Although these entrepreneurial ventures didn’t succeed, they didn’t stop Collins from improving himself and growing his knowledge as an entrepreneur.

“Engineering taught me to look at systems (or processes) in a holistic way; to look at a system and see how all the moving parts coordinate to work together. How each individual piece in a process is related to the end goal, and how to move and rearrange pieces of a system to improve that system. This was a more exciting challenge to me than the challenges science alone had presented.”

And these challenges only strengthened his entrepreneurial mind and resolve and he was able to see great potential (moving parts) in the research he was working on from a commercial perspective. Towards the end of 2016 he entered the Africa Prize for Engineering Innovation (APIE) 2017 – 2018. The competition aimed to nurture engineering-inspired enterprises and celebrate young African entrepreneurs. Out of 16 original entrants, Collins walked away with the finalist grant, which he invested into his new start-up company AltMet.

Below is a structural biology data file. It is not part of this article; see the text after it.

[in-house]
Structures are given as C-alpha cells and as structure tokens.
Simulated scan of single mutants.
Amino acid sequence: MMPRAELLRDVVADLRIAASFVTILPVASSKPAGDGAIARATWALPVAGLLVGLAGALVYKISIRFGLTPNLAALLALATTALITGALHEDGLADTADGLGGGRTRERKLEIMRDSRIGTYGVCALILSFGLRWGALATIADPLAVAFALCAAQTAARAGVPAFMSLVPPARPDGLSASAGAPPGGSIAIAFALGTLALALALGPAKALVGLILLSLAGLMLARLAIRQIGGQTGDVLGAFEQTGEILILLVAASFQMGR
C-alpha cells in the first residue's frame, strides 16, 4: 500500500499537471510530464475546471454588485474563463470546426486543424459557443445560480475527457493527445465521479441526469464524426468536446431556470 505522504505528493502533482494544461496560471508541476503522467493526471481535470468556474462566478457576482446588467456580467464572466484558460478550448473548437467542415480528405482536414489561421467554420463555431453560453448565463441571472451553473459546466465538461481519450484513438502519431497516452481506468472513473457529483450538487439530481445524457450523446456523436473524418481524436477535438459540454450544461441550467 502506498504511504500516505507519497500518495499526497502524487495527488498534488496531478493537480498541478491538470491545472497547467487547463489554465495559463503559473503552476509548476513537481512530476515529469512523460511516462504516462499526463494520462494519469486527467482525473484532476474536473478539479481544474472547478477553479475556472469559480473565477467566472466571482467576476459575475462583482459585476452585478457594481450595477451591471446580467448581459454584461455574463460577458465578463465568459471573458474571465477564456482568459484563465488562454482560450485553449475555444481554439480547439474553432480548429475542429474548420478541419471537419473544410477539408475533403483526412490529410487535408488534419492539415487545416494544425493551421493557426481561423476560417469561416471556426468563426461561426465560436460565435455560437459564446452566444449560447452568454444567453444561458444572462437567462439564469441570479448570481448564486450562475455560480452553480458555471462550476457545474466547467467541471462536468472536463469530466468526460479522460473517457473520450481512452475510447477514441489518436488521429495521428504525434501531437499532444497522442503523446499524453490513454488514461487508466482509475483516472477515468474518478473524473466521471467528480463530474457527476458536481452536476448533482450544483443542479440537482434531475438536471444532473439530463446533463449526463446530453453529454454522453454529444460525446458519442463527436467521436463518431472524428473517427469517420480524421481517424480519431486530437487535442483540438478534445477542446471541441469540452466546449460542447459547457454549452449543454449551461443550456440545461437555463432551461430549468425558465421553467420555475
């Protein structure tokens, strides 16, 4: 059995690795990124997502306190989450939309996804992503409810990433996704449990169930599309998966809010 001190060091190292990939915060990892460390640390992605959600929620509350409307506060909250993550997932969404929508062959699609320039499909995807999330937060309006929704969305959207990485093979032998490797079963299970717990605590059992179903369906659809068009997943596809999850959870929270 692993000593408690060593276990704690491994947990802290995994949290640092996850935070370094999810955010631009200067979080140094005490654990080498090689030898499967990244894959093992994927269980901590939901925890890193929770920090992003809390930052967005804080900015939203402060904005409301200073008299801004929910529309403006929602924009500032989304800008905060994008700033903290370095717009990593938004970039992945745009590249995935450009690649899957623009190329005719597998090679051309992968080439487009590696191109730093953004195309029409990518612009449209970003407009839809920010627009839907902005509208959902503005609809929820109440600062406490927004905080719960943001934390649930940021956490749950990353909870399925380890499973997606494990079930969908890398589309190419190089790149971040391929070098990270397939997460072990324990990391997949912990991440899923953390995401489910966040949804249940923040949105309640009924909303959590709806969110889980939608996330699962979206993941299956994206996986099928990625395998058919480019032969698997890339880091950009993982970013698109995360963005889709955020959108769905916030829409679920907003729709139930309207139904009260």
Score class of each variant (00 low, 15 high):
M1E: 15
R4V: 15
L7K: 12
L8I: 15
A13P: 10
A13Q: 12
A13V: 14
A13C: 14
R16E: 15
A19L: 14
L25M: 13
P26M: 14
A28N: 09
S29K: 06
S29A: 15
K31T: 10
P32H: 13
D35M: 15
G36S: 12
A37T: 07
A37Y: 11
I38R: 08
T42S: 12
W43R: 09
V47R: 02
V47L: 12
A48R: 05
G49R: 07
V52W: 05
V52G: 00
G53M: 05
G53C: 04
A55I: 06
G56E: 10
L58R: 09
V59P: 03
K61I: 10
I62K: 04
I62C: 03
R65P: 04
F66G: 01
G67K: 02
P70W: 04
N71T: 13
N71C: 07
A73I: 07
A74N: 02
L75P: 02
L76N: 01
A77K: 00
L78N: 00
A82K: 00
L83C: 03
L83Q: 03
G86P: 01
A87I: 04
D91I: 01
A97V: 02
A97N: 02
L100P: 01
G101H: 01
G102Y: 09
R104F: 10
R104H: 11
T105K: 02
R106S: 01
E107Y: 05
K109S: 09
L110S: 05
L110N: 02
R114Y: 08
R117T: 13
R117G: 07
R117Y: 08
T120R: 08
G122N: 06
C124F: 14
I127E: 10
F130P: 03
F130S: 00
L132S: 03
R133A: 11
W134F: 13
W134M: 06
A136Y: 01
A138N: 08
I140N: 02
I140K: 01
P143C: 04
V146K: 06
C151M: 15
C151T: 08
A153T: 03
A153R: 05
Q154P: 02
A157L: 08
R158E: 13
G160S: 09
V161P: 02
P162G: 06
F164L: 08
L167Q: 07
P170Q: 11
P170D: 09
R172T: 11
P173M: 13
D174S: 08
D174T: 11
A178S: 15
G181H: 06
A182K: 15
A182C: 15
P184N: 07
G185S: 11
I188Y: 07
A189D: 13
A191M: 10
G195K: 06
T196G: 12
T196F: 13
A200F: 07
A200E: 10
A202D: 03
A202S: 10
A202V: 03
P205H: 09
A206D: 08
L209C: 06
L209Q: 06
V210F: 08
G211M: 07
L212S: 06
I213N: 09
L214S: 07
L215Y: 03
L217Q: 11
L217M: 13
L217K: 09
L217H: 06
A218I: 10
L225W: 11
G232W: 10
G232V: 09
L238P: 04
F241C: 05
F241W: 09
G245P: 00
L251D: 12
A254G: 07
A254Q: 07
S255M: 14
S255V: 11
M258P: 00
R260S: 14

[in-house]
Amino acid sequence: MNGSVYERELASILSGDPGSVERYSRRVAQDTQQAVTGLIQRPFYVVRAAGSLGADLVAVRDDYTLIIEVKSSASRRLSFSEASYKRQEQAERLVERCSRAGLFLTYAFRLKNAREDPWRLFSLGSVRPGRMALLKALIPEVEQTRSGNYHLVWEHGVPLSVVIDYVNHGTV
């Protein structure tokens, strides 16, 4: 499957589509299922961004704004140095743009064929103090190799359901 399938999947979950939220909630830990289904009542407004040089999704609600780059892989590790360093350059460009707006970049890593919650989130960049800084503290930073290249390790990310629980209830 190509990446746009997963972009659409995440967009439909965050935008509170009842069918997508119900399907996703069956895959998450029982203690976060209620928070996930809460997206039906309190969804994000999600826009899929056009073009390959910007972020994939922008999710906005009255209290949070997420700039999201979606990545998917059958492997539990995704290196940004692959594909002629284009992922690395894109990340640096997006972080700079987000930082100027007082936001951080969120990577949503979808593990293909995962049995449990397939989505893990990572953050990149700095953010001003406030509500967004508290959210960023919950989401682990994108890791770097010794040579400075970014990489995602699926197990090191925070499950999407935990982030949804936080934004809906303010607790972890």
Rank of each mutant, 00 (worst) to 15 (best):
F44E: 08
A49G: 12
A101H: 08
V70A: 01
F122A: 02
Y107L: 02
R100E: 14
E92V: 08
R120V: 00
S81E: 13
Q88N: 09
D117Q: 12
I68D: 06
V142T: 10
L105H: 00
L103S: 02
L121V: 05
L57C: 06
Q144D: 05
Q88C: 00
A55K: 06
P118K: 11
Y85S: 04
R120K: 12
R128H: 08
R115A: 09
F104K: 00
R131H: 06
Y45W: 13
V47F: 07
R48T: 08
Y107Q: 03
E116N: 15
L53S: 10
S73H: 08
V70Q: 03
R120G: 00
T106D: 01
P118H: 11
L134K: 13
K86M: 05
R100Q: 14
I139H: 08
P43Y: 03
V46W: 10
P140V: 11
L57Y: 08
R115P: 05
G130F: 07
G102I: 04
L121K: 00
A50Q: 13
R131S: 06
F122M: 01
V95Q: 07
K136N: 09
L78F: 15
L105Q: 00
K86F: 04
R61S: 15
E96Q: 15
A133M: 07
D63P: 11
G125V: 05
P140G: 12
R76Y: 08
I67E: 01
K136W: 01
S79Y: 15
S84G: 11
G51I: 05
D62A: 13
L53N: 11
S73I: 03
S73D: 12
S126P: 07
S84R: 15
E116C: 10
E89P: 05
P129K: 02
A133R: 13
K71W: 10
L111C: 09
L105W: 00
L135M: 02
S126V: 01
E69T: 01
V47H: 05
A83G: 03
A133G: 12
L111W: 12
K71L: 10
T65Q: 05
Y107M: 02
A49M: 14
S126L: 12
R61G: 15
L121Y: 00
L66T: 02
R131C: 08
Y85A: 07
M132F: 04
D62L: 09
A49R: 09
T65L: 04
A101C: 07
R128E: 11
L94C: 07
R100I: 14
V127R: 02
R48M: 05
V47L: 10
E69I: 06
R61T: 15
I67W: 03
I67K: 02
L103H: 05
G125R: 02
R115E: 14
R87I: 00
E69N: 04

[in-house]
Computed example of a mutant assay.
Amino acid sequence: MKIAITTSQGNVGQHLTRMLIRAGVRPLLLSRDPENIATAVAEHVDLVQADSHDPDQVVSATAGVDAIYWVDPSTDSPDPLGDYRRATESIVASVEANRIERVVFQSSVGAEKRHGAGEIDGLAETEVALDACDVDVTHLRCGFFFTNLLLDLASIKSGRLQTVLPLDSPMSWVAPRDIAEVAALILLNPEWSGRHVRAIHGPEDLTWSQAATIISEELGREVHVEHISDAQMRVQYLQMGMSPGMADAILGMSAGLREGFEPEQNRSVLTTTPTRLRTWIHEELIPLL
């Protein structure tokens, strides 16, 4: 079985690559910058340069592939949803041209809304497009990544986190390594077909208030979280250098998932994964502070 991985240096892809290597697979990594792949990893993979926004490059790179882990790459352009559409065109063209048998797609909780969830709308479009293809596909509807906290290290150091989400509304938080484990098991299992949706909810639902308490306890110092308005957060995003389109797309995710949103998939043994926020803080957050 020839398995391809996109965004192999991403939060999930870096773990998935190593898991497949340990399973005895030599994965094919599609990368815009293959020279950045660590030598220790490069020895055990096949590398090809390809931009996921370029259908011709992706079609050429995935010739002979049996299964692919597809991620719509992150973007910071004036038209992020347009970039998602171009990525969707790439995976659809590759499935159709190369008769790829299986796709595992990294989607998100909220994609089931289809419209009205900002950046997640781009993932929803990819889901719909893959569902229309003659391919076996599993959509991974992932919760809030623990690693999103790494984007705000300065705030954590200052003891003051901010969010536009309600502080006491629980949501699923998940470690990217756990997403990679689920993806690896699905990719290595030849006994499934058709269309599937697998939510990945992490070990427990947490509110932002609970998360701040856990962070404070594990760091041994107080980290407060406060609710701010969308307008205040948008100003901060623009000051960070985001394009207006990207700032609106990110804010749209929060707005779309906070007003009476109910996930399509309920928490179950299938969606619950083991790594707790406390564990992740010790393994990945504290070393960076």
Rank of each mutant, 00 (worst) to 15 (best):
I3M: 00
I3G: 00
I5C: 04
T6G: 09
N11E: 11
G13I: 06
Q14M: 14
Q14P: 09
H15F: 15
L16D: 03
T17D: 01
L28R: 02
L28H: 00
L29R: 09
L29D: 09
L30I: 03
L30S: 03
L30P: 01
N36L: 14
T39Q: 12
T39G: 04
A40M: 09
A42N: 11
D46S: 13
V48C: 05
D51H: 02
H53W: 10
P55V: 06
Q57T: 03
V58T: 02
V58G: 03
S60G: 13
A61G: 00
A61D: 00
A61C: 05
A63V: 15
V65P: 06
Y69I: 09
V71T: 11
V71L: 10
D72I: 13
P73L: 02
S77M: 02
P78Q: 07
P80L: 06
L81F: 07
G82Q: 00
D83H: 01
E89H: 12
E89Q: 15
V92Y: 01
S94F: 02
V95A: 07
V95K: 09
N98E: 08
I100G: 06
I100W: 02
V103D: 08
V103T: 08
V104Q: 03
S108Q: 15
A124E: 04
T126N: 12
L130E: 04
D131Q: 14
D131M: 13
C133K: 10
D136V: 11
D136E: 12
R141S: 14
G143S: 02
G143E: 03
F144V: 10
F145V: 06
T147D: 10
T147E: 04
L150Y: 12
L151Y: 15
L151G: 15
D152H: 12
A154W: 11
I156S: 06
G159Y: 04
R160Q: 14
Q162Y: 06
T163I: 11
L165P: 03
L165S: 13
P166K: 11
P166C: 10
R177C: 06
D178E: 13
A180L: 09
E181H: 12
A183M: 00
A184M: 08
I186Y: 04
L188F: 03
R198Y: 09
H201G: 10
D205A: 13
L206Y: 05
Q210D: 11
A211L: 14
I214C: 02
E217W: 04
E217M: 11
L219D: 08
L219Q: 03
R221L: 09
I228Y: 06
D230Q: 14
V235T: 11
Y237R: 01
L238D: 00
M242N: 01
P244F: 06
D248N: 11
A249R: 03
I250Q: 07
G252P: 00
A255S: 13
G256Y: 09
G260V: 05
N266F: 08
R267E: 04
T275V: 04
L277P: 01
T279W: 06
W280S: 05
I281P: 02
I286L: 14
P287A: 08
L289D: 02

“The experience was beautiful, enlightening, encouraging and very beneficial. It made me stop looking at the project as an academic exercise, but rather as a commercial enterprise with the potential to grow the SA economy and create much needed jobs. It introduced me to a new style of presentations; pitching. This developed a skill in me to articulate a complex series of ideas in just 3 minutes, and do so in the simplest possible way.”

But great entrepreneurs do not forget the reason why they do what they do – to uplift communities and help combat and solve societal problems.